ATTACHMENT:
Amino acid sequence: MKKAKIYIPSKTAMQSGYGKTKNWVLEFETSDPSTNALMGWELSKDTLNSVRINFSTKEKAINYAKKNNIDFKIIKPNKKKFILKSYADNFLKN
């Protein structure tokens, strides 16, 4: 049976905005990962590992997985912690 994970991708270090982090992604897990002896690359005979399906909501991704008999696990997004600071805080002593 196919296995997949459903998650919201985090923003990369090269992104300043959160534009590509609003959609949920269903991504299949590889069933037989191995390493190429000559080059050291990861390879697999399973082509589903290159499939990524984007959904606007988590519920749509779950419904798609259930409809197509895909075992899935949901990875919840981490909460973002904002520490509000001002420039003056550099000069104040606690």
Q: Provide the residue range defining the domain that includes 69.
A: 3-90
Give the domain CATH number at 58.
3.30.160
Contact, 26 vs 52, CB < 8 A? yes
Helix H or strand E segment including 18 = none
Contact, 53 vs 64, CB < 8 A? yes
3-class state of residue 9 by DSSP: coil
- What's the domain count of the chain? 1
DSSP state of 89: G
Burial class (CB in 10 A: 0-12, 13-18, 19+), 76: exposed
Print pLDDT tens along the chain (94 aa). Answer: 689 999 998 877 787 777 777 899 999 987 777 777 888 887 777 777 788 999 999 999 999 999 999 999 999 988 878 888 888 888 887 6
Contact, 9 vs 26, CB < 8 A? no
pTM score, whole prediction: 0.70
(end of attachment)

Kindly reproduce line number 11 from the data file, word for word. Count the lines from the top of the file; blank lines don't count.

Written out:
- What's the domain count of the chain? 1